Targeting Makes TV Ads Underpriced
December 2, 2010 § Leave a comment
Venturebeat runs a story on NYT titled “Why an Online-Ad Guru Thinks TV Ads Are Too Cheap”. Online advertising pioneer Dave Morgan, whose last venture is Simulmedia launched last year, “drew an investment from cable-TV giant Time Warner in April, aims to bring techniques of Web targeting to television to boost prices from their current levels.”
I am a little skeptical about the notion that targeting will actually help the already-saturated TV ads market to generate more revenue. Here is why.
What distinguishes TV ads from online ads is its economy of scale. A TV advertisement is like a presidential primary. You want hardcore Democrats/Republicans to vote for you in particular. In the mean time, you also want to gather more support for your party. In this case, targeting seems too trivial to matter, especially when a huge amount of money is spent.
Some companies launch TV ads just for the sake of publicity and image building. The viewers who are shown a Nike ad may not be a Nike consumer at all. But it doesn’t mean they don’t care or talk about Nike. And this makes targeting less meaningful.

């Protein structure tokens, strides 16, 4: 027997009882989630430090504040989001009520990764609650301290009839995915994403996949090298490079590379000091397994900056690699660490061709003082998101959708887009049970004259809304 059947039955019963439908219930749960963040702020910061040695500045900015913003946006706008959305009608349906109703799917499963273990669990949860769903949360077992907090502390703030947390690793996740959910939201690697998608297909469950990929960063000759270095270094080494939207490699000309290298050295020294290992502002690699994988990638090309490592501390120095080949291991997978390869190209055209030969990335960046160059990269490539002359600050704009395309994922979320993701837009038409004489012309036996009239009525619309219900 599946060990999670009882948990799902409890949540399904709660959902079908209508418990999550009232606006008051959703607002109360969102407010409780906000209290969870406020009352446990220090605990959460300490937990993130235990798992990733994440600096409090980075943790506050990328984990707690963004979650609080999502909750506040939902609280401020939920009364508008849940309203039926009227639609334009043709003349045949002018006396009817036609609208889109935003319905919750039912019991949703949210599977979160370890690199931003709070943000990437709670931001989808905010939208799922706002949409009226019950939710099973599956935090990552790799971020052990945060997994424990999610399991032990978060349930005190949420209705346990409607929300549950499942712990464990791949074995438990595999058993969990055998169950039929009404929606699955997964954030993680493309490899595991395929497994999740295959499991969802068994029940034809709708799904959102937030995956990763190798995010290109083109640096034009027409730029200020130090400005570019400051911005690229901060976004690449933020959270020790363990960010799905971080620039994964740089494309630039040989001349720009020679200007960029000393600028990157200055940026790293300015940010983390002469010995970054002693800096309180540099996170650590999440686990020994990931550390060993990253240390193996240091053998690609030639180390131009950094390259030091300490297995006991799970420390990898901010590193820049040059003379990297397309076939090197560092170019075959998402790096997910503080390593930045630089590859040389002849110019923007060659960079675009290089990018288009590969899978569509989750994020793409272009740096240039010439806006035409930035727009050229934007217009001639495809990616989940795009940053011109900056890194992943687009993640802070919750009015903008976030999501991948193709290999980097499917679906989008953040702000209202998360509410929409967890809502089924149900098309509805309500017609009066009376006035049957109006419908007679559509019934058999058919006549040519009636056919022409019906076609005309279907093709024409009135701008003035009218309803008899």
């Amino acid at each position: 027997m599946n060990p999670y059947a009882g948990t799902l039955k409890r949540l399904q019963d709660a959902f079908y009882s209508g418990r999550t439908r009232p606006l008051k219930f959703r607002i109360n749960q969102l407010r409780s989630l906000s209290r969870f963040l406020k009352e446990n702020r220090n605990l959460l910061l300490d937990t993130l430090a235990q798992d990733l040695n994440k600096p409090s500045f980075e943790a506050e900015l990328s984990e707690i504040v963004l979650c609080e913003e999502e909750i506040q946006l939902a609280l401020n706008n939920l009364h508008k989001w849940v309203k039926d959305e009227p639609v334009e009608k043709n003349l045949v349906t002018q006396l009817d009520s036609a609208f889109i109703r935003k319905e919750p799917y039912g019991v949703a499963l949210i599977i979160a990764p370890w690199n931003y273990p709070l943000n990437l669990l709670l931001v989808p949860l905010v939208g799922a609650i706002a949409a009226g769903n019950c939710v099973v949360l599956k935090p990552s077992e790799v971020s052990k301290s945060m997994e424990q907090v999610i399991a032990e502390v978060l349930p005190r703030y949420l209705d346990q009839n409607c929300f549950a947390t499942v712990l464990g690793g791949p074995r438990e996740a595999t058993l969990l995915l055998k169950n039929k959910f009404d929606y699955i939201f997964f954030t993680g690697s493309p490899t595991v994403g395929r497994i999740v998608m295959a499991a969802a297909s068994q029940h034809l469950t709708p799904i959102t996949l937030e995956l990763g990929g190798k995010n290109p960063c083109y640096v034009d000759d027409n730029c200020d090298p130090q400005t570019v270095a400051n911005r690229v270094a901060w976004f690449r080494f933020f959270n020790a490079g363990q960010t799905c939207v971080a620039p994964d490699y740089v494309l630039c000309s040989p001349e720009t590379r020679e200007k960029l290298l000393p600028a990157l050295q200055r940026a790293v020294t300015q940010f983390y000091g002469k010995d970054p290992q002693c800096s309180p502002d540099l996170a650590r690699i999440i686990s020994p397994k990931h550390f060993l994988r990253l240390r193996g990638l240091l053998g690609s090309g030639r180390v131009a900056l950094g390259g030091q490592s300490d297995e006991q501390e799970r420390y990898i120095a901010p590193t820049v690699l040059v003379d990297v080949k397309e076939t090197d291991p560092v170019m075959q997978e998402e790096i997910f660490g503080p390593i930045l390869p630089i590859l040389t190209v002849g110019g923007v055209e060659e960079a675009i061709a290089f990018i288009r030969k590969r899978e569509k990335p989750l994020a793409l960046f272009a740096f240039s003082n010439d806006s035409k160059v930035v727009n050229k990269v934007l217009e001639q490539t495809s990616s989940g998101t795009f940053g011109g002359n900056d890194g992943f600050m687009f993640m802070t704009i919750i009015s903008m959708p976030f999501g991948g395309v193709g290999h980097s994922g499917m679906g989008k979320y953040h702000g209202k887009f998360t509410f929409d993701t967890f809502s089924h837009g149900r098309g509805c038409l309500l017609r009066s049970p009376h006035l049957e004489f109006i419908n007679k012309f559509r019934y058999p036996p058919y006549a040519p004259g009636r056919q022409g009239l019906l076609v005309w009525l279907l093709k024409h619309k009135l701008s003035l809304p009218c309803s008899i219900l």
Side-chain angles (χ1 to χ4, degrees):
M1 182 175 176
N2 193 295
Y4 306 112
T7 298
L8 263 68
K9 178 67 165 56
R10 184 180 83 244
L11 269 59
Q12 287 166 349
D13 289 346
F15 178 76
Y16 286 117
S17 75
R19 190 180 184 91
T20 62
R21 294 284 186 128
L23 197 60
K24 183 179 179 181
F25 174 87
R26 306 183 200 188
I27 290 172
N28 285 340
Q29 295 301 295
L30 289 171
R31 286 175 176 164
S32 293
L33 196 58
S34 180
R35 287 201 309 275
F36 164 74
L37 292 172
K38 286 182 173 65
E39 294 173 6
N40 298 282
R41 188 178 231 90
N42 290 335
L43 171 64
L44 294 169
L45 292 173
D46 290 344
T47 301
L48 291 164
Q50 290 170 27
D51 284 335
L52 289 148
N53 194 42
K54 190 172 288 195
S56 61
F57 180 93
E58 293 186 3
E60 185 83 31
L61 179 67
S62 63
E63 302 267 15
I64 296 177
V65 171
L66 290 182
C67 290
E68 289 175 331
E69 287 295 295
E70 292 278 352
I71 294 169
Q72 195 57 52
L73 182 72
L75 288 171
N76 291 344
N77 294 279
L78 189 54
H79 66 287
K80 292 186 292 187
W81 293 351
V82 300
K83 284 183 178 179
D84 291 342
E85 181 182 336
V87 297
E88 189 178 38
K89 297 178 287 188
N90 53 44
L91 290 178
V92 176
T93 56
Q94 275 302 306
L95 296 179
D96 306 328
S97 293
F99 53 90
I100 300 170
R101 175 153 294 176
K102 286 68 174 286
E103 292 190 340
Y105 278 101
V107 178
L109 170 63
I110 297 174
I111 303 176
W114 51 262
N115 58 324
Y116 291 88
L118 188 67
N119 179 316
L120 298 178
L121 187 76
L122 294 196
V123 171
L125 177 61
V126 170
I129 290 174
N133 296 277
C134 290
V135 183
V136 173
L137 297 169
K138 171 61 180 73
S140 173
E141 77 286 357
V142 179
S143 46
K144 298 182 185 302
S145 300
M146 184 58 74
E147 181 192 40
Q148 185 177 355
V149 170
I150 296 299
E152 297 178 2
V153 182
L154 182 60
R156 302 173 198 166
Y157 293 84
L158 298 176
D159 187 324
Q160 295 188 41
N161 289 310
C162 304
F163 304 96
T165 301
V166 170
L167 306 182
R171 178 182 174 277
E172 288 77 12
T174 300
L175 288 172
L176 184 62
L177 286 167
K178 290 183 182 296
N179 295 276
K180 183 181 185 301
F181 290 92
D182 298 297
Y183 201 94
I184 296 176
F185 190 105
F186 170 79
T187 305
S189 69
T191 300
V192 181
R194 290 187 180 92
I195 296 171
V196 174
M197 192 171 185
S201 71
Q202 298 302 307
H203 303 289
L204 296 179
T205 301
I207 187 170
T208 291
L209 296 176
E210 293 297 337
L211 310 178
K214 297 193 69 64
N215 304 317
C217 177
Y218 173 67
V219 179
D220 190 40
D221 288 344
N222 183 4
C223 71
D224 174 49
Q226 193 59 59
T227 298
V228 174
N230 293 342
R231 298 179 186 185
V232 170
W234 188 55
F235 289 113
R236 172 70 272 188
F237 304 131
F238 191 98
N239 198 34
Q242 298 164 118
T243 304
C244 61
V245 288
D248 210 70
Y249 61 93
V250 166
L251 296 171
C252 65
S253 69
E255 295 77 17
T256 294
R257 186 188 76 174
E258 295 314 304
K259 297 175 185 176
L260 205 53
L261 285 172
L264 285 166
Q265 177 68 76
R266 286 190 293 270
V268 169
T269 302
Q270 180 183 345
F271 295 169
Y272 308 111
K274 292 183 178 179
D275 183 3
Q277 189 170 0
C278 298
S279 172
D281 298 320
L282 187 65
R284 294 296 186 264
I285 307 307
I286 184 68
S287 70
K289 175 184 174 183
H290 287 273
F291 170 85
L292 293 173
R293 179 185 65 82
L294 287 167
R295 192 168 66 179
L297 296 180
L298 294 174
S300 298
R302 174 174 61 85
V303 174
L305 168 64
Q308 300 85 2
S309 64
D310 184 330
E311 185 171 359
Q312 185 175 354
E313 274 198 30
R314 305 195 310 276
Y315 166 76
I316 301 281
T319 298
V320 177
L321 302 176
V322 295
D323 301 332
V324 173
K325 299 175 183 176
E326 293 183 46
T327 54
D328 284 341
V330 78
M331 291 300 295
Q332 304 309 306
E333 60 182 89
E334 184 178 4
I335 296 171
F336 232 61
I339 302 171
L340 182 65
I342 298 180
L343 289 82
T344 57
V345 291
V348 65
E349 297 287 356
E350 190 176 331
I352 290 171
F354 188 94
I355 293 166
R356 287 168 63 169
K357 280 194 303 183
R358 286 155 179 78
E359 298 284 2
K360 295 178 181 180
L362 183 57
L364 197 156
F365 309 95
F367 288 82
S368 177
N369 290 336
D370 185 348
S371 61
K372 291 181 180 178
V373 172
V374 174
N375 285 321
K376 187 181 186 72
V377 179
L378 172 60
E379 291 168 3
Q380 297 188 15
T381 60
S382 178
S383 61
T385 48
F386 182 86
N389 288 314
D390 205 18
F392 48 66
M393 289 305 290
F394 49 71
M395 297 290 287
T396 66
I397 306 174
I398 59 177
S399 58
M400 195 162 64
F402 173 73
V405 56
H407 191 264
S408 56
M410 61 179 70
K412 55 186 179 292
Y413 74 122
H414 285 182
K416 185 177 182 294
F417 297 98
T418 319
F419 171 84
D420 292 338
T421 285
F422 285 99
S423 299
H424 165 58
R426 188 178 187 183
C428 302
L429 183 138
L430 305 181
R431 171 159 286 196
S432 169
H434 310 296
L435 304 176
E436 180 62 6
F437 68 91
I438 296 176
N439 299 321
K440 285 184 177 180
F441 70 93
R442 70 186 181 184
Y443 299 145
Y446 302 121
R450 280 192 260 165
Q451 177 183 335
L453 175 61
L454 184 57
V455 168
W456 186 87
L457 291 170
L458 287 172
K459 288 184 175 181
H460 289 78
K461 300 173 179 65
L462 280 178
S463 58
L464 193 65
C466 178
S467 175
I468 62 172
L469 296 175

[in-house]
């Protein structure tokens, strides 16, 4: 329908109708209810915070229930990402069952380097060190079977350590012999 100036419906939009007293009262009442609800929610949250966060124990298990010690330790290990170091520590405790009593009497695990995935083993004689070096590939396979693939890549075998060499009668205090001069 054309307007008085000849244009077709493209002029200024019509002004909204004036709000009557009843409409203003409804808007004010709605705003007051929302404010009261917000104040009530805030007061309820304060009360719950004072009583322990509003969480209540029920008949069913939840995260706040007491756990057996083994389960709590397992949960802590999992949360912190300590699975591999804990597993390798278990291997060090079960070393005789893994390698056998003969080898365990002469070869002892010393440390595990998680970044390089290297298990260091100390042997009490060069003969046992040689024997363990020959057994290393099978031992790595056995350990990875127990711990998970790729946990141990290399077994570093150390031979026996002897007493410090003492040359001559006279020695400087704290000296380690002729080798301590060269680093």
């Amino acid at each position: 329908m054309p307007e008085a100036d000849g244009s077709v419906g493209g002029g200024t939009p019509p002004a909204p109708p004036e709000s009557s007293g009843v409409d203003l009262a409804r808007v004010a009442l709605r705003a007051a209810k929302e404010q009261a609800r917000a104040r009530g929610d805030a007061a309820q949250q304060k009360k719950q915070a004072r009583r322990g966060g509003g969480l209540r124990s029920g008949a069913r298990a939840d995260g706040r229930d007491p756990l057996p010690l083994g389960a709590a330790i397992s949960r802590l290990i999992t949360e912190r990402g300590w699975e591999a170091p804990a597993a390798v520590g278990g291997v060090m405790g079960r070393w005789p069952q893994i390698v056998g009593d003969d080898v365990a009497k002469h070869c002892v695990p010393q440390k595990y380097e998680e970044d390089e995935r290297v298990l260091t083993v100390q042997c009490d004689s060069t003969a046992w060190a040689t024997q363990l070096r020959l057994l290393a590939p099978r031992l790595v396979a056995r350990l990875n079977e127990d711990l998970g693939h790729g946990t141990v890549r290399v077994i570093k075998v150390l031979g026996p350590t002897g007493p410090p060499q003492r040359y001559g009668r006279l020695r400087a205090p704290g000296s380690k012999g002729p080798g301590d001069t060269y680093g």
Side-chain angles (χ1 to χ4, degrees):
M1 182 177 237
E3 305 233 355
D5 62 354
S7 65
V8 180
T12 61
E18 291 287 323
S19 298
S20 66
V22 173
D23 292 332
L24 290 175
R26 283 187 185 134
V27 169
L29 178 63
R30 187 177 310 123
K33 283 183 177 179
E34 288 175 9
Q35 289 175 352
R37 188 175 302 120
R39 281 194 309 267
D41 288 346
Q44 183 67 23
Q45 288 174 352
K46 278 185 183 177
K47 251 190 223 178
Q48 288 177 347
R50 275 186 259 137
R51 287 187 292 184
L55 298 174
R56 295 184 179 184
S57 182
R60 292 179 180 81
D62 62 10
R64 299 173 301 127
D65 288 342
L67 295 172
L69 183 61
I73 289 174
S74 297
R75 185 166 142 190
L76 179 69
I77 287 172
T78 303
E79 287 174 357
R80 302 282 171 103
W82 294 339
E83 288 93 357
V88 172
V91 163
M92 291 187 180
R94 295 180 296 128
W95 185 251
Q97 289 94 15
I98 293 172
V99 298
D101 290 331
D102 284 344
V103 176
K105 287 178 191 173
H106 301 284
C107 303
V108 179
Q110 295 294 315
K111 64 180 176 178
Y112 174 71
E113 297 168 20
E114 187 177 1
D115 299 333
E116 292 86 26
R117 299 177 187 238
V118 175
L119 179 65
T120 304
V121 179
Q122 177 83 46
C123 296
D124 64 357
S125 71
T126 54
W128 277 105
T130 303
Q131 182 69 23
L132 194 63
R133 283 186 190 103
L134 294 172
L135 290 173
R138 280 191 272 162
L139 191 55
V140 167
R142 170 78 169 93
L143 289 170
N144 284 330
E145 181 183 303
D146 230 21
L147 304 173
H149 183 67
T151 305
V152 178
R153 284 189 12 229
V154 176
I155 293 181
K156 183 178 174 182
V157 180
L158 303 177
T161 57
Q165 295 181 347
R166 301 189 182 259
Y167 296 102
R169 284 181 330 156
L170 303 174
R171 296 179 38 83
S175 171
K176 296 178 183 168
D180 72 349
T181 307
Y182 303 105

Simulmedia alleges to unlock the value of set-top box data. Convinced as I am that there is value, I find it hard to believe that information on TV box is as resourceful as data from PCs and mobile phones. What worth noting is that smartphones and computers are, more often than not, personal property, making the data obtained from say users browsing history individual-specific. TV is not. If a family shares on TV and the daughters like cartoons and teen dramas, the mother likes movies and shopping channels, the father enjoys sports, business news, the data from that particular TV box will tell you the story of almost the whole demographic.
Moreover, data generated from set-top boxes are somewhat limited. There is a fine number of program types, news, talk shows, TV series, movies etc. Maybe I cannot make an informed judgement so far since I don’t know what kind of data can be obtained merely from your viewing history. It’s fair to say that it is hard for me to regard it as valuable.
Now that I have stared at my TV for a little while, I am wondering if he is staring back at me as well — does he know what I like? Hardly.
From an audience’s point of view, even though he knows what I like and what I am likely to purchase, it is going to upset me if I am overwhelmed with ads for a particular type of products or services. Diversity is what makes ads bearable.